March 3, 2005 | USA Today

National Security Comes First

Jose Padilla happens to be a U.S. citizen. He is also, however, alleged by the executive branch to be an unlawful enemy combatant who came here from the headquarters of an enemy against which we are actively at war, al-Qaeda, precisely to conduct terrorist operations on behalf of that enemy.

U.S. District Judge Henry Floyd's ruling that the government must charge Padilla as a common criminal or release him outright endangers this country. The U.S. must appeal.

Undeniably, the issue the judge was asked to deal with is a difficult one, involving a citizen apprehended on U.S. soil before he had the opportunity to execute an atrocity.

The issue, nevertheless, was resolved last June in the Supreme Court's decision in a parallel case that the president is empowered under the Constitution, the laws of war and the sweeping resolution enacted by Congress after the 9/11 attacks to detain a U.S. citizen as enemy combatant during wartime.

Floyd seeks to avoid the force of that decision by emphasizing that the man involved was captured while armed on the battlefield overseas, while Padilla was unarmed stepping off a plane in Chicago. But the Supreme Court did not hold that was the only situation in which the U.S. may regard a terrorist operative as a military opponent. Indeed, by that logic, Mohammed Atta, leader of the 9/11 hijackers, was not an enemy combatant either.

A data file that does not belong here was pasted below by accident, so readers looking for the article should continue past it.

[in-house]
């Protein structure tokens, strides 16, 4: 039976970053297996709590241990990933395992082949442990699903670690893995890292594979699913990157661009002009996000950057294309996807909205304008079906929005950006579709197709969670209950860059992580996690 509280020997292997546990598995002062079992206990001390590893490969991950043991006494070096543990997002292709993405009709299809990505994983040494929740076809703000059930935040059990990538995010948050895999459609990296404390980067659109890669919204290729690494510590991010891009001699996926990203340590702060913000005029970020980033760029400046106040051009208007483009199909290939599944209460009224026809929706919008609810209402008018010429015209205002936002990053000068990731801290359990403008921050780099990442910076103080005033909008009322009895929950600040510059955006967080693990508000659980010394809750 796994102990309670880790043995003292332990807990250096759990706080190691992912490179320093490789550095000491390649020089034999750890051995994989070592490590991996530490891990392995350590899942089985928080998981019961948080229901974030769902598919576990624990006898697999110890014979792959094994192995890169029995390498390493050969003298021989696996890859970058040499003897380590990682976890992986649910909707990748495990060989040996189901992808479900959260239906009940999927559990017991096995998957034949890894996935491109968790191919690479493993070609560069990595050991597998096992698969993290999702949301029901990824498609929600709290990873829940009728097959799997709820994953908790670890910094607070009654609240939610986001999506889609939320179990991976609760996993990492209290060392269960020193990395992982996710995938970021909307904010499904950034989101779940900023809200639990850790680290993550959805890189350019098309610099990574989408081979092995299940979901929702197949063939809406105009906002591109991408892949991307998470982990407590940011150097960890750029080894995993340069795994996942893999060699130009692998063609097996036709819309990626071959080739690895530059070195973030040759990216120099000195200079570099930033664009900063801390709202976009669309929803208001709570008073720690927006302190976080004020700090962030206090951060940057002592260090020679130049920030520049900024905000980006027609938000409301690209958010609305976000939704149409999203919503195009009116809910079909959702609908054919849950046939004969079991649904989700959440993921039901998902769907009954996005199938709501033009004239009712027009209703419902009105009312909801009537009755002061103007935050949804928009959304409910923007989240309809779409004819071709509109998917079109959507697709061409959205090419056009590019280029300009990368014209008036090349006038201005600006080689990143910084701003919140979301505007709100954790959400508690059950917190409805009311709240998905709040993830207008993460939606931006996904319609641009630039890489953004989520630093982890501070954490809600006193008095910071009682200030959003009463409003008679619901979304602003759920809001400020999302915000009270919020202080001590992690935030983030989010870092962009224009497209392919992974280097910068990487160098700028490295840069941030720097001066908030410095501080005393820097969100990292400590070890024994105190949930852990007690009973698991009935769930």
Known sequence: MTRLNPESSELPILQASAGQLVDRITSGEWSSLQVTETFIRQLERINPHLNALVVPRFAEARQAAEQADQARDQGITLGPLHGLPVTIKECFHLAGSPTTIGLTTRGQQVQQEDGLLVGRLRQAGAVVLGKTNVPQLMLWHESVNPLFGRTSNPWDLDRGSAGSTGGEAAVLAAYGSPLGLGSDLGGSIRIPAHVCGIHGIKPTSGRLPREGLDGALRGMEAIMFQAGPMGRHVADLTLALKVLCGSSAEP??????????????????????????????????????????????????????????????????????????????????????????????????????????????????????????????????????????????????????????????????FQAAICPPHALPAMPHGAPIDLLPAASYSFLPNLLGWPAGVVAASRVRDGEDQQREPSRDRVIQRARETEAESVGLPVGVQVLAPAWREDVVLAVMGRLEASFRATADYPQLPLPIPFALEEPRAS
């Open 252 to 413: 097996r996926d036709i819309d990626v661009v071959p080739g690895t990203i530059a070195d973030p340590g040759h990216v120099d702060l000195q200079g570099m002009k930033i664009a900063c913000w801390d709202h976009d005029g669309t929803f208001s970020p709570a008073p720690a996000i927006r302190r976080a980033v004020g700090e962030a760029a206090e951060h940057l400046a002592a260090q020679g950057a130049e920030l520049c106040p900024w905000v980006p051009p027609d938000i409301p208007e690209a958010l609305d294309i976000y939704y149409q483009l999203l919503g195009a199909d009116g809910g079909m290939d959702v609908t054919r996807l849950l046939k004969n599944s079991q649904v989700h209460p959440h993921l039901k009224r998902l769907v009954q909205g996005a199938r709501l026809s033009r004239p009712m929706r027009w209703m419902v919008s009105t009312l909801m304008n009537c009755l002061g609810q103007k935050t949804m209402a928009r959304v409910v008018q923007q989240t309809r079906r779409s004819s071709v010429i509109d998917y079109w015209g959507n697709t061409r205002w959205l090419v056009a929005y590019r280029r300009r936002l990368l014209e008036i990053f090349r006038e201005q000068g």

Floyd also says many criminal charges could be brought against Padilla. That could be said in the other case as well. In fact, Osama bin Laden himself has been charged in a 1998 indictment. Surely the judge is not saying the leader of al-Qaeda is not an enemy combatant. Status as a combatant is an objective fact; it is not a function of how the government chooses to investigate it.

And the judge ignores the most frightening implication of his ruling: We must either release a man planning a massive terrorist attack or give him a trial with all the rights accorded an ordinary criminal, including the right to see the government's evidence. That is, in the midst of a war, with our troops in harm's way, we must surrender to the enemy our intelligence, inevitably compromising the methods and sources for obtaining it.

The Constitution, Justice Robert Jackson sagely observed, is not a suicide pact. This ruling, however, points in just that direction. We must be able to protect national security.

– Andrew C. McCarthy, a former federal prosecutor, is a senior fellow at the Foundation for the Defense of Democracies.